Rep. de Venecia slams DTI for limited support for creative industry
MANILA, Philippines — The Department of Trade and Industry (DTI) was criticized for overly focusing on animation, software creation, and game development in their creative programs, with one lawmaker arguing that the agency can explore other creative avenues mentioned in Republic Act No. 11904.
At the hearing of the House Committee on the creative industry and performing arts on Tuesday, committee chair and Pangasinan 4th District Rep. Christopher de Venecia gave this remark, adding that the DTI can actually explore other creative industries mentioned in Republic Act No. 11904, or the Philippine Creative Industries Development Act.
The House panel has conducted hearings seeking to know the state of the country’s performing arts industries.
“Again, the Chair makes the observation that a lot of your programs are skewing heavily towards animation, software, and game development,” de Venecia told DTI Director III Jhino Ilano who attended the virtual meeting.
“Again, we have 70 creative industries, so you have to tailor a program for all — if not all the 70 industries, at least all of the nine domains in the Creative Industry Law. So maybe you look into that,” he added.
De Venecia observed asking Ilano what DTI’s creative industry programs are — to which Ilano said that they are looking at international markets.
When de Venecia asked Ilano what the markets were, Ilano said Filipinos working in the creative industry could be part of productions like The Lion King.
“Are there international markets for the performing arts? Have you done your research, Jhino? What are those markets? Like South by Southwest? Is that an international market?” de Venecia asked.
“Currently, we have some ideas coming from our different posts, but it’s not yet as concrete as compared to other creative industries, Mr. Chair […] Potentially that can be part as well as ‘yong mga Lion King presentations, Mr. Chair. We’re trying to look at potentially do’n sa areas na ‘yon,” Ilano replied.
But this prompted de Venecia to point out that there are already Filipinos in such production — and that instead of looking for shows, the focus should be on international markets.
“Lion king presentations? Ano ‘yon? Is that a show?” the committee chairperson asked.
“That’s a show. If we can try to potentially look at some of the performances to join, but that’s just a very rough idea,” Ilano said.
“But Jhino, there are Filipino performers already in Lion King? I don’t think you should look at specific shows, you should look at specific markets — international performing arts markets where performing arts firms or creators can pitch their content or their talent,” de Venecia noted.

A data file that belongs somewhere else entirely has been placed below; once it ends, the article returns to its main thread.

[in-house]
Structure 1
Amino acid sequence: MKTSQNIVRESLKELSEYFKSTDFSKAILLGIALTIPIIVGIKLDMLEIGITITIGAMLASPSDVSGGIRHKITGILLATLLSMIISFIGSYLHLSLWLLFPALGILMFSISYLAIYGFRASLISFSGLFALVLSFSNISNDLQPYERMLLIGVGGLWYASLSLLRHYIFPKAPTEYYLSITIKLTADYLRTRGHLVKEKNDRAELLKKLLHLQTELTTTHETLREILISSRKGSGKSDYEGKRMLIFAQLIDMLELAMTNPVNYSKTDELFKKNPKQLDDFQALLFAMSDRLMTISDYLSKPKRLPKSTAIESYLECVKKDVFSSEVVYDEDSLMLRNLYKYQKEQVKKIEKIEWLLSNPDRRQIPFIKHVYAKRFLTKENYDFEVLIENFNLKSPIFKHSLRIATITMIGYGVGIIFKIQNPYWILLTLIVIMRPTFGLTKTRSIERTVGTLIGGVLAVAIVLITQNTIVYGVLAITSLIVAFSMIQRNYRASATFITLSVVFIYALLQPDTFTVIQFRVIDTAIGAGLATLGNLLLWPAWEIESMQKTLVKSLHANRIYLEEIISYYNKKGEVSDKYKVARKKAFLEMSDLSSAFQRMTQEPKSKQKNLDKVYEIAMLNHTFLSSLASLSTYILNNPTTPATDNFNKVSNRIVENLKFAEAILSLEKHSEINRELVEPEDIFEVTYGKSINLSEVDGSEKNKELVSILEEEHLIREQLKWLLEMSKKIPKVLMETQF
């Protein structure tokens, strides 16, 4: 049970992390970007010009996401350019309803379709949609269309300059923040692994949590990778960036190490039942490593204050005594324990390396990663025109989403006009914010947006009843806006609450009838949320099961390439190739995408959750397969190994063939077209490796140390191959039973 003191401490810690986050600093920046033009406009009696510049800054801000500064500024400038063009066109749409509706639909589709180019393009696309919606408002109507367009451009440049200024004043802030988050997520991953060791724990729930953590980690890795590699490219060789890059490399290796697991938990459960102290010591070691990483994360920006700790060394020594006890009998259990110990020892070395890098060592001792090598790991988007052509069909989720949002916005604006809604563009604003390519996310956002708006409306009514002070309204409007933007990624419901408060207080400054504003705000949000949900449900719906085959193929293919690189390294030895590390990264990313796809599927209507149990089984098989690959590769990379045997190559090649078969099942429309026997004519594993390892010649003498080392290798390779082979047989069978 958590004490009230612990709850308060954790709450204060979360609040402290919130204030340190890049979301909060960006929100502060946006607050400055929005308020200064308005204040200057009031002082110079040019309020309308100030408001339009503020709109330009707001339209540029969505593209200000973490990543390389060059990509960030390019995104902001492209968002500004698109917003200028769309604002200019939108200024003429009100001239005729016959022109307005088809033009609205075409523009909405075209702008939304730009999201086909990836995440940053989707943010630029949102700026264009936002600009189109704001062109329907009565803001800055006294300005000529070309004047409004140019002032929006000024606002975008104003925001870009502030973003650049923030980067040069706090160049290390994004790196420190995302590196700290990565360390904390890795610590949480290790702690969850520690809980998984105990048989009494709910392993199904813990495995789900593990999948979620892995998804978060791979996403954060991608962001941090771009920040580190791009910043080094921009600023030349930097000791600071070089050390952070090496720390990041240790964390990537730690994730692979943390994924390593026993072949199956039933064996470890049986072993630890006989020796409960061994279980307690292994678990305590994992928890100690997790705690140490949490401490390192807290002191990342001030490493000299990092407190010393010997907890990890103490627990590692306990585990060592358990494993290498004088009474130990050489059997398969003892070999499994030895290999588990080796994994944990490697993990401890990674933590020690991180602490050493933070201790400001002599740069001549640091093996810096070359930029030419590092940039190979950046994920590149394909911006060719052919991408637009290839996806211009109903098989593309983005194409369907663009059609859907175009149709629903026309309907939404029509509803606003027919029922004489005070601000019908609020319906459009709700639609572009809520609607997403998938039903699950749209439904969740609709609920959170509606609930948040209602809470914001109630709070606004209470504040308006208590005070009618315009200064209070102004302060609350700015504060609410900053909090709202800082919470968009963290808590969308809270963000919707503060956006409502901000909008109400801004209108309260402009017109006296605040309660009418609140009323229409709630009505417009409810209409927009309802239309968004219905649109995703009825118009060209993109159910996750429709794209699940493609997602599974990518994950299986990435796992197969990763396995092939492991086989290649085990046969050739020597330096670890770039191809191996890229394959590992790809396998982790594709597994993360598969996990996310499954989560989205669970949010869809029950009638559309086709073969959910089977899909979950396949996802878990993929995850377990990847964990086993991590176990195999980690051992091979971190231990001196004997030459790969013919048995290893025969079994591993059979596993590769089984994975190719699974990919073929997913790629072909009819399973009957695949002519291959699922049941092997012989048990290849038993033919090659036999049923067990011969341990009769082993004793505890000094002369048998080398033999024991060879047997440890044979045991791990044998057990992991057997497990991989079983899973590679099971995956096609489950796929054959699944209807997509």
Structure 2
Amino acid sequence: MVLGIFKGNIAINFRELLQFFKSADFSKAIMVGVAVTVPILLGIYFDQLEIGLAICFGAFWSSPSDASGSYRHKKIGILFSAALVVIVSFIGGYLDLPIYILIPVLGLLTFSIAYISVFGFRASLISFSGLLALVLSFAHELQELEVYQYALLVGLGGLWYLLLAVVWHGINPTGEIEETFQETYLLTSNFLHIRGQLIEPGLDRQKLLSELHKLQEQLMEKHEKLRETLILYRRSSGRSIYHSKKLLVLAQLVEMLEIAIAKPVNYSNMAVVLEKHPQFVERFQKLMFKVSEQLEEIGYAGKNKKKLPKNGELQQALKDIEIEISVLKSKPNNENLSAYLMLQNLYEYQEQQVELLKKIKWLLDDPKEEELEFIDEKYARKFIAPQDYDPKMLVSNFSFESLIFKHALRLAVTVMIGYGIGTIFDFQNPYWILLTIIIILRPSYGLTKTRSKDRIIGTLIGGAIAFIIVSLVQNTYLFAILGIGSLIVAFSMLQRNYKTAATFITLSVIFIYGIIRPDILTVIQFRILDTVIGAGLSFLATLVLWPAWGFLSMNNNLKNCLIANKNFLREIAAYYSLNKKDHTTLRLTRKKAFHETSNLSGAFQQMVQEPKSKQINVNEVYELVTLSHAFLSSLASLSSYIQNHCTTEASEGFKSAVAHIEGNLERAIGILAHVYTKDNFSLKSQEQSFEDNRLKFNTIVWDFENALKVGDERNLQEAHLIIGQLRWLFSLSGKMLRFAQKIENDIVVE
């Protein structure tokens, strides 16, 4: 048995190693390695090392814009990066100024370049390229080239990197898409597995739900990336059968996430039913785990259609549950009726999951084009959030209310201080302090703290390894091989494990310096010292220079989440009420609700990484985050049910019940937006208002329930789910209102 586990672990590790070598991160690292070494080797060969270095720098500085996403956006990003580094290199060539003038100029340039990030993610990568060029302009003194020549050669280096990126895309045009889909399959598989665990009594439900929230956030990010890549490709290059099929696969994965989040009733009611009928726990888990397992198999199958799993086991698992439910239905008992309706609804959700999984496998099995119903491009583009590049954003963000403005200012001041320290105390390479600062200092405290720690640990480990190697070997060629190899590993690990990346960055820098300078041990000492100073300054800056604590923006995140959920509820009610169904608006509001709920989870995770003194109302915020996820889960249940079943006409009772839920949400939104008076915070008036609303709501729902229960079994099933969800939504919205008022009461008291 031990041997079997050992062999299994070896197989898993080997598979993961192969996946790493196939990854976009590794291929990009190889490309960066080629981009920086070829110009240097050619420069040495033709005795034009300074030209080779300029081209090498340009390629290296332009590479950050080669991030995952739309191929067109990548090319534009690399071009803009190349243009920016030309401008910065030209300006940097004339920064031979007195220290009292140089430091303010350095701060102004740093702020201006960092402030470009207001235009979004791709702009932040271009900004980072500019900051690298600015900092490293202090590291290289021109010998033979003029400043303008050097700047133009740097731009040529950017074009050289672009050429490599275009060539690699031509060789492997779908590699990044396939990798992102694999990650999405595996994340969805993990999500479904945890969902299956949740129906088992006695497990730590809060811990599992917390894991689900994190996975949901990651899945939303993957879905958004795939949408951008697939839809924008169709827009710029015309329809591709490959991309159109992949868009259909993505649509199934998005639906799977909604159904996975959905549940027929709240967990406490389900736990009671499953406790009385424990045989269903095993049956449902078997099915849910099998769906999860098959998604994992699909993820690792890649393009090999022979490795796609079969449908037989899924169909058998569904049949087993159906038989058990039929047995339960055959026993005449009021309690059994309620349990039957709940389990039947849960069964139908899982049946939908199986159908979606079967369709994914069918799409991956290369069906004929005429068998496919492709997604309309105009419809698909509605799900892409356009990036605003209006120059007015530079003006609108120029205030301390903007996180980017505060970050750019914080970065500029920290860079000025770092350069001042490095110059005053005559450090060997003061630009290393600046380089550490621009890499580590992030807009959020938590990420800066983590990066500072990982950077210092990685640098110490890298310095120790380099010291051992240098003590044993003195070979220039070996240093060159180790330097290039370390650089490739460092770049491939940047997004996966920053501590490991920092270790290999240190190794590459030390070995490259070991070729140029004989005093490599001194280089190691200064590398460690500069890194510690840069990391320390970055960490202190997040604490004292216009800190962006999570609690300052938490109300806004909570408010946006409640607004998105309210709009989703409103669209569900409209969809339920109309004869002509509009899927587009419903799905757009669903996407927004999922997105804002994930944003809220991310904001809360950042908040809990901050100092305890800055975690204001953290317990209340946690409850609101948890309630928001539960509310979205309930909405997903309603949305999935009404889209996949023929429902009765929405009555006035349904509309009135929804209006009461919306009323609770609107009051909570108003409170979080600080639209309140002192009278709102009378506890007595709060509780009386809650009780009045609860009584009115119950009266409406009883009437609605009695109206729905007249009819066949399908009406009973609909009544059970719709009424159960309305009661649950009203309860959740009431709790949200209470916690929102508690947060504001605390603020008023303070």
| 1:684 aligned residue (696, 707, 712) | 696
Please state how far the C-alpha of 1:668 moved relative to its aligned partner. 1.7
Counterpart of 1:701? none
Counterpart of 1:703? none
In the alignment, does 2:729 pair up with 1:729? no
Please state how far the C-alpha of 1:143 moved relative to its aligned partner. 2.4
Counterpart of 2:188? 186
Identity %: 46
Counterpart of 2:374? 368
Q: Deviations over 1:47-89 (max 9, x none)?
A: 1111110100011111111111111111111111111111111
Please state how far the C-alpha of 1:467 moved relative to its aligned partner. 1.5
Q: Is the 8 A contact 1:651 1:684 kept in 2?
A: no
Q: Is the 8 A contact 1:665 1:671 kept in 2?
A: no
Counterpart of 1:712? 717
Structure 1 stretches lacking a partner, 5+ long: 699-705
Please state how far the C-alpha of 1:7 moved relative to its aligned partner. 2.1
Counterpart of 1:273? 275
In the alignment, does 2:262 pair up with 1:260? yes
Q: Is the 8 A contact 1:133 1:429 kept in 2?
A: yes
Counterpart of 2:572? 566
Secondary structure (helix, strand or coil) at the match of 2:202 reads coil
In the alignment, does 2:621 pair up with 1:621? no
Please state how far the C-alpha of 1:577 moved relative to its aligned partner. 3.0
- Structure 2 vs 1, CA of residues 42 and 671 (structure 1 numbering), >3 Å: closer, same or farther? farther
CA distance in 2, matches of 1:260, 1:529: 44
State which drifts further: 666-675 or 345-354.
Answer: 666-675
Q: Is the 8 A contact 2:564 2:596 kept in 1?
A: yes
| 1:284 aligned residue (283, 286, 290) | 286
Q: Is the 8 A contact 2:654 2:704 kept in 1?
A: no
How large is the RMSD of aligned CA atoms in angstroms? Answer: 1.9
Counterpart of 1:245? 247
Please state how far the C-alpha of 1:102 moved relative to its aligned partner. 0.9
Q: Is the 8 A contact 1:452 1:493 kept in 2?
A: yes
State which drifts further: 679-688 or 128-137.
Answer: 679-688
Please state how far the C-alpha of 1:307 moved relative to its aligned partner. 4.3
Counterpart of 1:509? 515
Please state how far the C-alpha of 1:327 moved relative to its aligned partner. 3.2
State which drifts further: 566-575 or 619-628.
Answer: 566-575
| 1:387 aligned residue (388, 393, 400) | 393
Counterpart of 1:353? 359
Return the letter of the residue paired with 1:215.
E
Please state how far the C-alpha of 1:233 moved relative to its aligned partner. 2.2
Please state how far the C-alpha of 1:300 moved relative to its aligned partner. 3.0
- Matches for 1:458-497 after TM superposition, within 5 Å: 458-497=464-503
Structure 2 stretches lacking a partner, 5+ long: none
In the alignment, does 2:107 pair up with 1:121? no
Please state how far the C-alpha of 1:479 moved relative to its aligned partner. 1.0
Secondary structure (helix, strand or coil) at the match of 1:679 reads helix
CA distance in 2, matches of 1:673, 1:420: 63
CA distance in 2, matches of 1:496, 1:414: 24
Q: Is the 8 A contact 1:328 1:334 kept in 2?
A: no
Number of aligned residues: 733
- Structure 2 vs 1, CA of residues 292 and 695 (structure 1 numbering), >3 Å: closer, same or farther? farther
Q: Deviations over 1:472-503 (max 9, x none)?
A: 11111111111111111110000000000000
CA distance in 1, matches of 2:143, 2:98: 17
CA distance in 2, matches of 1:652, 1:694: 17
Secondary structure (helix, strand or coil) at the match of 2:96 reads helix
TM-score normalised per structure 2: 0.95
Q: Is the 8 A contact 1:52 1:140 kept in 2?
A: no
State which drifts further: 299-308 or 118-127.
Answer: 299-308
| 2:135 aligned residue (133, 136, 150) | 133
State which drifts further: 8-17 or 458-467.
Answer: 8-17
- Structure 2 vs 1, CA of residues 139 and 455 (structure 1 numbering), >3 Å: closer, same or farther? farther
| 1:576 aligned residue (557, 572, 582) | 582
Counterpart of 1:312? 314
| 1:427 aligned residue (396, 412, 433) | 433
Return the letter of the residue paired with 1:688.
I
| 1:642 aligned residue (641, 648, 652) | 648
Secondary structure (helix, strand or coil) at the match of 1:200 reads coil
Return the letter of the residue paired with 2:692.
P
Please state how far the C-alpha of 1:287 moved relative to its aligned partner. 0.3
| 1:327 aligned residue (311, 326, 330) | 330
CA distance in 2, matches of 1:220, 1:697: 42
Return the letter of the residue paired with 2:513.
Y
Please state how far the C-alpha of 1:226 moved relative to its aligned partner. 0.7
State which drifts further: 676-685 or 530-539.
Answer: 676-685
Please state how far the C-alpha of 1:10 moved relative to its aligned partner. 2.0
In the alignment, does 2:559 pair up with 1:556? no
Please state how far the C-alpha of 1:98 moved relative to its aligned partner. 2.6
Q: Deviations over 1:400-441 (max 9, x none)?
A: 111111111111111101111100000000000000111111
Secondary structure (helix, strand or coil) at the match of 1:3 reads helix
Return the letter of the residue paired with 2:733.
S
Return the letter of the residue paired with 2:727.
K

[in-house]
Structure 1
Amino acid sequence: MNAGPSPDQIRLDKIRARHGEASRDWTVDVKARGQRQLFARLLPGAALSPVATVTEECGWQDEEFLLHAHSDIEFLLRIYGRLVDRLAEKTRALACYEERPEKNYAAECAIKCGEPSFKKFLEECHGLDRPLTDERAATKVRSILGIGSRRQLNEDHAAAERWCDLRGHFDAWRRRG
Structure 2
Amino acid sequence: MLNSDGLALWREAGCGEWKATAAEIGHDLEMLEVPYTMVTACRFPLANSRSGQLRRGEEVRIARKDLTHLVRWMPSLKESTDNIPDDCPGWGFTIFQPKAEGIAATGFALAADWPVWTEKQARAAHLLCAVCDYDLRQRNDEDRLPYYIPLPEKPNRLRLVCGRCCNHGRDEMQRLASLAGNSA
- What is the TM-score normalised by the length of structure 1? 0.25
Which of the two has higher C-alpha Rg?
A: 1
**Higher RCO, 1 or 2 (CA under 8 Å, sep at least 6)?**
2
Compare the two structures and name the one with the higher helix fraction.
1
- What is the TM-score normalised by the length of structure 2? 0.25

In terms of music festivals where foreign productions can discover Philippine talents and intellectual property, de Venecia asked if the Center for International Trade Expositions and Missions (CITEM) has explored the possibility of launching a music conference — similar to the one it did with the Cultural Center of the Philippines (CCP) in 2019.
CITEM’s officer-in-charge for Department Management Marjo Evio said that they have none, noting that CCP initiated the project.
“Do we have like a Manila Fame-type of music conference to enable our local proprietors to pitch our talent to foreign producers, or festival organizers, or record labels? I think there was an effort by SITEM to do that in 2019 with CCP, but is DTI working on such?” de Venecia said.
“Right now wala, that one was a partnership with CCP, that was initiated by CCP,” Evio replied.
When asked whether there was an impact assessment of the program, Evio said that they only have the total sales from the over 30 exhibitors at that time, which was at just $9,000 — composed primarily of bookings for music performers.
“Based doon sa 40 — we had around 30 or 40 exhibitors if I remember correctly […] $9,000 lang ‘yong, well the reported sales that we got at that time,” Evio said.
“So there’s no parang intellectual property of like Filipino performing arts content being performed abroad.” de Venecia said. “We’ll request for a proper impact assessment of that program no’ng 2019, to be submitted to the committee at the soonest possible time so perhaps we can revisit that program.”